Uruguay fought -- and apparently even bit -- it's way past 10-man Italy 1-0 Tuesday to reach the second round of the World Cup, a victory overshadowed by a biting incident involving Luis Suarez.

Captain Diego Godin scored in the 81st minute, rising above a crowd of defenders to meet a corner with his left shoulder and veteran goalkeeper Gianluigi Buffon had no chance.

Moments earlier, replays showed Suarez apparently bite the shoulder of Italy defender Giorgio Chiellini as the pair clashed in the Italian penalty area.

Late Tuesday night, FIFA announced that its disciplinary committee has opened proceedings against the Uruguay forward. If the panel finds Suarez guilty of assaulting an opponent, FIFA rules call for a ban of at least two matches up to a maximum of 24 months.

A decision must be published before Saturday, when Uruguay plays Colombia in a round-of-16 match.

Suarez was already sanctioned with a heavy ban for biting Chelsea defender Branislav Ivanovic in the English Premier League in 2013 and FIFA can sanction players for biting with bans of up to two years.

Chiellini said Suarez should have been sent off and that the red card for Italy midfielder Claudio Marchisio should never have been given.

"The red for Marchisio and not sending off Suarez were ridiculous," Chiellini said. "It was absolutely clear. There's even a mark," Chiellini said of the bite.

The referee didn't see a bite, and no foul was called. Uruguay coach Oscar Tabarez only had eyes on the result. "For me, and for all the people in Uruguay, we had more important things," he said.

About a minute after the incident, the decisive goal was scored on a powerful thrust of head and shoulder from Godin that somehow had perfect direction. Italy was down to 10 men since the 59th minute, when Claudio Marchisio received a red card for putting his boot into Egidio Arevalo's knee.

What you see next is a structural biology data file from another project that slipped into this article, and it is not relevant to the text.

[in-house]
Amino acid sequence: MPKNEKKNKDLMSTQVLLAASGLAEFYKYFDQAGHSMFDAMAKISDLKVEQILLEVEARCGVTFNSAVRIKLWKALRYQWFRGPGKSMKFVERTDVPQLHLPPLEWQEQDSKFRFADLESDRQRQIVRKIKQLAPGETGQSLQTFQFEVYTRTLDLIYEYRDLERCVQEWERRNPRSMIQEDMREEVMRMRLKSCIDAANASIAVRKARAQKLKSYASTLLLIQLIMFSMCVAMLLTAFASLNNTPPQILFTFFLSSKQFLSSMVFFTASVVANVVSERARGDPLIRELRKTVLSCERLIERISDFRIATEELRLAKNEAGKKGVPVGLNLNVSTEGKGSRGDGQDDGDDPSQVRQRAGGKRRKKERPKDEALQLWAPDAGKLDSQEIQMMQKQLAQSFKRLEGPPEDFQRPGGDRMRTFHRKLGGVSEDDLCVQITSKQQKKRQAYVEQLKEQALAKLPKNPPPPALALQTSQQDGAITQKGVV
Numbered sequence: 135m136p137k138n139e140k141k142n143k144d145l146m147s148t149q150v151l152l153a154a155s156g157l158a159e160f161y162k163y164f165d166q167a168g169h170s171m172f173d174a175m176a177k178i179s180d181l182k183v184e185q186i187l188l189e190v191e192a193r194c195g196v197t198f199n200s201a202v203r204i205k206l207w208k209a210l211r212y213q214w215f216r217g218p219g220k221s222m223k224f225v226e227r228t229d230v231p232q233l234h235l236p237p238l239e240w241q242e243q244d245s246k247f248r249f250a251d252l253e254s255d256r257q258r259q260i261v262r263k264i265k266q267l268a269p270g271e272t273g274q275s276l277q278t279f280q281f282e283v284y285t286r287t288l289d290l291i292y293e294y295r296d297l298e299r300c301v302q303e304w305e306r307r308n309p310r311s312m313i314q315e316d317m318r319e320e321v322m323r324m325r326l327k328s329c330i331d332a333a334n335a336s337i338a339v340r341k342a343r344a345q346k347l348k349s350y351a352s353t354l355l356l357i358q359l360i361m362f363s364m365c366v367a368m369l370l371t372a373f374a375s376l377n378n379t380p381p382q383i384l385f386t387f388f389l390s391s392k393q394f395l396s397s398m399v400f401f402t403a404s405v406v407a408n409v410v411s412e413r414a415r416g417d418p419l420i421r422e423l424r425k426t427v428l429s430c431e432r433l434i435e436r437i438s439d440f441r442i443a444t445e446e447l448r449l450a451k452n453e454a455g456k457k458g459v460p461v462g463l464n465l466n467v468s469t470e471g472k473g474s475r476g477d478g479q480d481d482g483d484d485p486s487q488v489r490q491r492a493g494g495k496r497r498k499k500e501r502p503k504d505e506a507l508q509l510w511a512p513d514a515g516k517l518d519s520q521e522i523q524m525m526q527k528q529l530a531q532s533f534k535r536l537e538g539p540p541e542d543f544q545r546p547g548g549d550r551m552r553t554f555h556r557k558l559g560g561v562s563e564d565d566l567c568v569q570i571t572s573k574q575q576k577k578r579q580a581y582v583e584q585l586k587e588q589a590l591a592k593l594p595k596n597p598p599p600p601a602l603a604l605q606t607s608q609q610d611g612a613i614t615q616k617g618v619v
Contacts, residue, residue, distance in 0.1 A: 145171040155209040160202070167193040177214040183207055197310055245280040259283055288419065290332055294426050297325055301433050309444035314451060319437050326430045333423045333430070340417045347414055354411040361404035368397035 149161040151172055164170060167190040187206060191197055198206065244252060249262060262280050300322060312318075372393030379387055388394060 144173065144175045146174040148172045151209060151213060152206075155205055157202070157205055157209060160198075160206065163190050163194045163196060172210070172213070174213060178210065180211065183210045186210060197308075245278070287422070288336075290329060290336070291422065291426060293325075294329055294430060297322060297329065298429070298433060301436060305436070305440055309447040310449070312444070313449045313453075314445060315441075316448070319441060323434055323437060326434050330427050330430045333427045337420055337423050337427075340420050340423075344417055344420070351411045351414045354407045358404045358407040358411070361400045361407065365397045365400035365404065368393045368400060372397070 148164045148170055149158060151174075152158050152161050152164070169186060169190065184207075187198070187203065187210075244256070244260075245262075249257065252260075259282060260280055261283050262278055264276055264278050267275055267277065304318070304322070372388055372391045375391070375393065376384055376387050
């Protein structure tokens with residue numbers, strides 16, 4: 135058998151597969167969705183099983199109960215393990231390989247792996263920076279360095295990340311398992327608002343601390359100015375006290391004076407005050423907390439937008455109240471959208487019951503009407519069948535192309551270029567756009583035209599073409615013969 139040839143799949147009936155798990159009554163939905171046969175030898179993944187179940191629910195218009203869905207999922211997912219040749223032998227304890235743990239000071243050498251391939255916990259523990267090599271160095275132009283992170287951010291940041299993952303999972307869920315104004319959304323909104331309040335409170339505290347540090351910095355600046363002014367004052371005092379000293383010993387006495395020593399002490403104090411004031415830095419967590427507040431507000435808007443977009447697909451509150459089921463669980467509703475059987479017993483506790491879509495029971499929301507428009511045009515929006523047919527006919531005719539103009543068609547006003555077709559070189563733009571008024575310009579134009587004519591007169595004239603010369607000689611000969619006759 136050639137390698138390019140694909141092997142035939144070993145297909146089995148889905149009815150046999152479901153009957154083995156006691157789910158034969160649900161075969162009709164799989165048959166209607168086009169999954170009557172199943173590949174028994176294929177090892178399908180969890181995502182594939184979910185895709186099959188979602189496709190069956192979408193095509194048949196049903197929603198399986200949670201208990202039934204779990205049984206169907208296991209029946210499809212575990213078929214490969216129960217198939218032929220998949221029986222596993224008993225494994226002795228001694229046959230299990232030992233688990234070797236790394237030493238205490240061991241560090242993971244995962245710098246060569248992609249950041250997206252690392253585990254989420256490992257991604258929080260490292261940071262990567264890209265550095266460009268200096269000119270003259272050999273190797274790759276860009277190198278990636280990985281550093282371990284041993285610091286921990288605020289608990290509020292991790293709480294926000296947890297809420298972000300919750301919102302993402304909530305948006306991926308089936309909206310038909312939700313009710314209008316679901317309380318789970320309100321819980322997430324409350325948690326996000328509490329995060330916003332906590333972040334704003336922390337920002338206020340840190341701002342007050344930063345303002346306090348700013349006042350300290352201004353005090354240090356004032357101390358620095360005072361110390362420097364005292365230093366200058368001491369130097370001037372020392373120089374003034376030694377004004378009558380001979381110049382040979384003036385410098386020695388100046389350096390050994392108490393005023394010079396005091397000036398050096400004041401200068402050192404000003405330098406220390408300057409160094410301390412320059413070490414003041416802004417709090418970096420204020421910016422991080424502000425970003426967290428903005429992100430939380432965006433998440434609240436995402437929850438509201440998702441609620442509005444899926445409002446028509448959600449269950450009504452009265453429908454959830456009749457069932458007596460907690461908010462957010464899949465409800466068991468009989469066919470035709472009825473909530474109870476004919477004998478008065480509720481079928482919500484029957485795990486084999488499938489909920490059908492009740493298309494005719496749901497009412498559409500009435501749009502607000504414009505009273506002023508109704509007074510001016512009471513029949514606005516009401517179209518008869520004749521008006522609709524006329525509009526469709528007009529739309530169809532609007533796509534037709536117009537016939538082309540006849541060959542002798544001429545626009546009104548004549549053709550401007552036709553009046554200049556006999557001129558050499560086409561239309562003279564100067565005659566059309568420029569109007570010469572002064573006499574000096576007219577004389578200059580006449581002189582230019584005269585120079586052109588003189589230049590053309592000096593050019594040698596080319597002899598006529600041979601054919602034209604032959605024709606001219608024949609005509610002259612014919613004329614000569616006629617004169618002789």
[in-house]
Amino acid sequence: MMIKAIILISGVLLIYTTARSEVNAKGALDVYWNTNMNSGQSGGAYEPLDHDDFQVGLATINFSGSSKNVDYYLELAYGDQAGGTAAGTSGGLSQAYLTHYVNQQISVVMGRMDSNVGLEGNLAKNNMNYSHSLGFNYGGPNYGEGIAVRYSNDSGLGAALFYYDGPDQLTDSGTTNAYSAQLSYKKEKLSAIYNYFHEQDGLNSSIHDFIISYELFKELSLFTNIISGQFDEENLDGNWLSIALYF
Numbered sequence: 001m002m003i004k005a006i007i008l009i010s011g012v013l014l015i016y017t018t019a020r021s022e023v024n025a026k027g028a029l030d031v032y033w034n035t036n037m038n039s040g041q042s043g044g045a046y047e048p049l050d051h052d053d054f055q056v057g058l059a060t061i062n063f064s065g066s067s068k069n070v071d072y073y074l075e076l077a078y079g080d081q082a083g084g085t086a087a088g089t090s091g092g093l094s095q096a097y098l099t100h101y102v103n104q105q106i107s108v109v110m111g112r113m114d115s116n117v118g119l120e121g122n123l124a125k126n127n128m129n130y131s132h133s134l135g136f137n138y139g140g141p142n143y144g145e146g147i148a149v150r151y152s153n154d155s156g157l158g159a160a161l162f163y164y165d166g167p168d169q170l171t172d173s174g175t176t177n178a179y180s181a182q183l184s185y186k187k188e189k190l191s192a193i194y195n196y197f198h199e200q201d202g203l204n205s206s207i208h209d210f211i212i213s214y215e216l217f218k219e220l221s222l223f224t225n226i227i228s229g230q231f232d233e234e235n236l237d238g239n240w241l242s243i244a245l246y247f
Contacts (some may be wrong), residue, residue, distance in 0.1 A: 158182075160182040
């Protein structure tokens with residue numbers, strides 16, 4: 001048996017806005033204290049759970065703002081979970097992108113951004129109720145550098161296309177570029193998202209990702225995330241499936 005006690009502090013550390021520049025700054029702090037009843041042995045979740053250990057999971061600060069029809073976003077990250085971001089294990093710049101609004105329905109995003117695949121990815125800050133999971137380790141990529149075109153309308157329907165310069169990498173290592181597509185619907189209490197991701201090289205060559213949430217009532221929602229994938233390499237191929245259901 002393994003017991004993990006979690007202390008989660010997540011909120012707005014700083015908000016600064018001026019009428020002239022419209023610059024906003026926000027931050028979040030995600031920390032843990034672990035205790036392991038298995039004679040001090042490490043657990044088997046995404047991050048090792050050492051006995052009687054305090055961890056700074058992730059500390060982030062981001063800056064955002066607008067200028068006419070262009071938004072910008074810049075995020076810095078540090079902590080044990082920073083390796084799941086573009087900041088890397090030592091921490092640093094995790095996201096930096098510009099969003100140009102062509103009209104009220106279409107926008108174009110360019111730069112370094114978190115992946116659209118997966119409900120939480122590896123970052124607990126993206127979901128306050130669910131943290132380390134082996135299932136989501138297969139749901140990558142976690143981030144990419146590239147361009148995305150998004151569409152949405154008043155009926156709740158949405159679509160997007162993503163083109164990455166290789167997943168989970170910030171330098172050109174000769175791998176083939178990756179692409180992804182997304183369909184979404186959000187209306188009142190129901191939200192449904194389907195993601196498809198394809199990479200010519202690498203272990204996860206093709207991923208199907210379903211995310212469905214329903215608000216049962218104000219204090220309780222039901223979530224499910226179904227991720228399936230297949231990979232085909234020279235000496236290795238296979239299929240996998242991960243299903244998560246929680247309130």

It was the second straight time that Italy, a four-time champion, went out in the first round.

After the game, Italy coach Cesare Prandelli immediately resigned and midfield maestro Andrea Pirlo retired from international play.

Costa Rica 0, England 0: Costa Rica finished first in what many considered the World Cup's toughest group. Costa Rica only needed a draw to top Group D and played that way, setting up in a defensive 5-3-2 formation. The result gives Costa Rica its best World Cup performance, winning a group that contained former three world champions.

"We will have to keep fighting," Costa Rica coach Jorge Luis Pinto said. "Whatever happens we are willing to fight."

England had already been eliminated and will go home without a win.

Greece 2, Ivory Coast 1: Georgios Samaras scored an injury-time penalty to send Greece into the second round of the World Cup for the first time, eliminating Ivory Coast in the process.

Samaras was adjudged to have been tripped in the area by substitute Giovanni SiO, and calmly slotted in the spot kick for the win. Ivory Coast would have advanced with a draw.

"This means so much to me, to us ... Tonight we had energy," Samaras said, dedicating the win to Greeks suffering through financial crisis. "We really hope we can make the people happy back home."

Colombia 4, Japan 1: James Rodriguez scored and set up two more for Jackson Martinez as Colombia claimed the top spot in Group C and eliminated the Asian champions. Already assured of advancing, Colombia guaranteed first place with its third straight win, setting up a second-round match against Uruguay. Japan finished with a draw and two losses in a disappointing campaign.

Mexico: Soccer governing body FIFA said it won't punish Mexico after investigating its supporters for using a homophobic term at the World Cup.

Supporters have been regularly chanting a gay slur when the opposition goalkeeper punts the ball upfield. FIFA started an investigation last week, but spokeswoman Delia Disher said the FIFA disciplinary committee decided "that the incident in question is not considered insulting in this specific context."